Street Address
It’s best to spell out all elements of your address (Street instead of St. and North instead of N.). Use the second field for your Suite# if you have one and don’t abbreviate Suite either.

Description
The purpose of the description is entice potential customers to contact you or visit your website. Write something that is compelling and don’t keyword stuff it!

The easiest way to write the description is to answer the question, “What’s in it for me?” It should also include a local search term or two while focusing on specific benefits.

Example:

We have offered teeth whitening to our patients for over a decade. Call us today to improve your smile!

Category
You can choose up to 5 categories. Start typing in any terms that seem relevant to see what Google suggests. The categories that Google suggests are Google’s default categories. You want to use as many of these as you can first. Then for the remaining categories, you should create custom categories that fit.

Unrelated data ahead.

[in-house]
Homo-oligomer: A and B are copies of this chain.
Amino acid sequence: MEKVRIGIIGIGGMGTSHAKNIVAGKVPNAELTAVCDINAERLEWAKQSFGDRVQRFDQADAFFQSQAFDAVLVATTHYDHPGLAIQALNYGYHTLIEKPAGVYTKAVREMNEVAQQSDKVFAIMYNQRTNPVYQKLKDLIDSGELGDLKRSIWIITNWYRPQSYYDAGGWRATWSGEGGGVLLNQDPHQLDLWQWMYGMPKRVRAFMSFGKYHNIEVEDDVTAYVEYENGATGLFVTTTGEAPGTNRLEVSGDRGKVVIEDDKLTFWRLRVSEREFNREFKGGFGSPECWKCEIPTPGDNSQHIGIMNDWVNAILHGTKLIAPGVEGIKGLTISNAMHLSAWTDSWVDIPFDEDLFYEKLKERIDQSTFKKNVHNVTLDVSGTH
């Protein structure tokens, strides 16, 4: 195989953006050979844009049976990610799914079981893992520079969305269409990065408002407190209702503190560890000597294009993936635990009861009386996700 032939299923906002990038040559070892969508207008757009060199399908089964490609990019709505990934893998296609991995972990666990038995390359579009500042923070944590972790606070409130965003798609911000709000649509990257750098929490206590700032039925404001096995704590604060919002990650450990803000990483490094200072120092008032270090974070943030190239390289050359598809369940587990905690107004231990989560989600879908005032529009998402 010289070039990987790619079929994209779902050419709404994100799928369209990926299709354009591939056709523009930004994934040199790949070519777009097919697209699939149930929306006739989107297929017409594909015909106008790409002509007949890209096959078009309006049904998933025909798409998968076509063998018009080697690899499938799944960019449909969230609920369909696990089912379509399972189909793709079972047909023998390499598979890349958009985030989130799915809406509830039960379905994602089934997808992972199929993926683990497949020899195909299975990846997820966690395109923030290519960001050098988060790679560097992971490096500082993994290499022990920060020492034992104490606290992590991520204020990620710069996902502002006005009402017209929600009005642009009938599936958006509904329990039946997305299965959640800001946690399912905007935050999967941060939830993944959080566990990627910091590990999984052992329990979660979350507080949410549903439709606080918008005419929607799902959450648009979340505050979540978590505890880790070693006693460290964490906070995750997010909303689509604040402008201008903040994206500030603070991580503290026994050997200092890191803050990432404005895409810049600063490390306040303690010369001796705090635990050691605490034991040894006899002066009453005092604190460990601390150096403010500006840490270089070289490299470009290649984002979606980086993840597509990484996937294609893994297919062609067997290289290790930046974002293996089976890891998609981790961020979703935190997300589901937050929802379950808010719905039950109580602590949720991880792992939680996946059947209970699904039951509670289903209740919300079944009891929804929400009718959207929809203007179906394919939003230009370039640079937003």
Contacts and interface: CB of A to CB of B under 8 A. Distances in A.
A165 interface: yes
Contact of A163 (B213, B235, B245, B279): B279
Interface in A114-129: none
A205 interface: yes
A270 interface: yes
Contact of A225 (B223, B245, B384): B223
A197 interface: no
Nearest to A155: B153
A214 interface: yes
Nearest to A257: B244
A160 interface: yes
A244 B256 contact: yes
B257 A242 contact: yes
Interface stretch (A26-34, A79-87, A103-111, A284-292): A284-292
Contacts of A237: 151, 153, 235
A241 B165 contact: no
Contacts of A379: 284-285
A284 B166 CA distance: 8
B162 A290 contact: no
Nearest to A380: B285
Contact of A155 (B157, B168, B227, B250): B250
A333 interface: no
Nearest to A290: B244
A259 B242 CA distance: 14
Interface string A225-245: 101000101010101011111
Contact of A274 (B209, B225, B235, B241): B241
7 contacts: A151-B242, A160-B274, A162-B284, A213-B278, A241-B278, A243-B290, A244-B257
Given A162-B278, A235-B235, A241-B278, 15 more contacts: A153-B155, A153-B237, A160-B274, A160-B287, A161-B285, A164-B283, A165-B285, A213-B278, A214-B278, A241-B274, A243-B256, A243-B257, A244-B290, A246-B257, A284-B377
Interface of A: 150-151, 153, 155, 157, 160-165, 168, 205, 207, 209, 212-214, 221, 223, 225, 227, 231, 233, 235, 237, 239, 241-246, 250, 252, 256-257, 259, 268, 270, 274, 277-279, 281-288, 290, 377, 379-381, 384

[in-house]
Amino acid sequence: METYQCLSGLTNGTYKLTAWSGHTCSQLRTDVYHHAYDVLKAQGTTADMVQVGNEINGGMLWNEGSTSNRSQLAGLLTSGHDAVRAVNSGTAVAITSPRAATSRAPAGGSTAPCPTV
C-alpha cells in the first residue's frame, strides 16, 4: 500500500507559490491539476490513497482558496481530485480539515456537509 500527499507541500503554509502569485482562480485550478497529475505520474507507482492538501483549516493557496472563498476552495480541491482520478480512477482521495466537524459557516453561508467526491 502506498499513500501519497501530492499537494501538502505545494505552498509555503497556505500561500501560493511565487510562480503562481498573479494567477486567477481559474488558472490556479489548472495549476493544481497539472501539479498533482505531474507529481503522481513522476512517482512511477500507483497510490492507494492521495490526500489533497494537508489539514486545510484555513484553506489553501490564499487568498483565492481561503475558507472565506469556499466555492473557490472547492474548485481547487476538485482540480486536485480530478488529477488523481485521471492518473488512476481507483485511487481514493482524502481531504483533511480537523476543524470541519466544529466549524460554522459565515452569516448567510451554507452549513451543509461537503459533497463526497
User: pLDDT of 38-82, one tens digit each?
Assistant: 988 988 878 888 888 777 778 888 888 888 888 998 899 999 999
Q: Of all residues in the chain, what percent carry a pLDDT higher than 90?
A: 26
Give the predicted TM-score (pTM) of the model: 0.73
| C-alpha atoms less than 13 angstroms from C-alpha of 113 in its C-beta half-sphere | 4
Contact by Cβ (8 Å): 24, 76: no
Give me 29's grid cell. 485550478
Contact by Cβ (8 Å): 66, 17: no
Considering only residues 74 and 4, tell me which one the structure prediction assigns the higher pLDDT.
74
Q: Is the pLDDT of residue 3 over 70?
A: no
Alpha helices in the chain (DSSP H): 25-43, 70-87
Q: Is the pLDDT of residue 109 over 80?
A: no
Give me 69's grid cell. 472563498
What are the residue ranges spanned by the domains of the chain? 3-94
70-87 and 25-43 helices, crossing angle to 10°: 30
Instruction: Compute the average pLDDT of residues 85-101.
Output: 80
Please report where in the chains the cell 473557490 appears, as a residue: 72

Always strive to have five categories but make sure you’re not just repeating the same category in different ways (i.e. Painter, Painting Company, Painting Contractor – these are all the same so pick one).

Also, when you use custom categories, use categories that match the keywords your customers are searching for. For example, if during your keyword research you discover that most people search for “Painting Contractor” instead of “Painting Company,” then use “Painting Contractor” as a category.

You can do keyword research for free by using Google’s Keyword Tool. You’ll want to start your research by using terms that you believe your customers would use to find your products and services.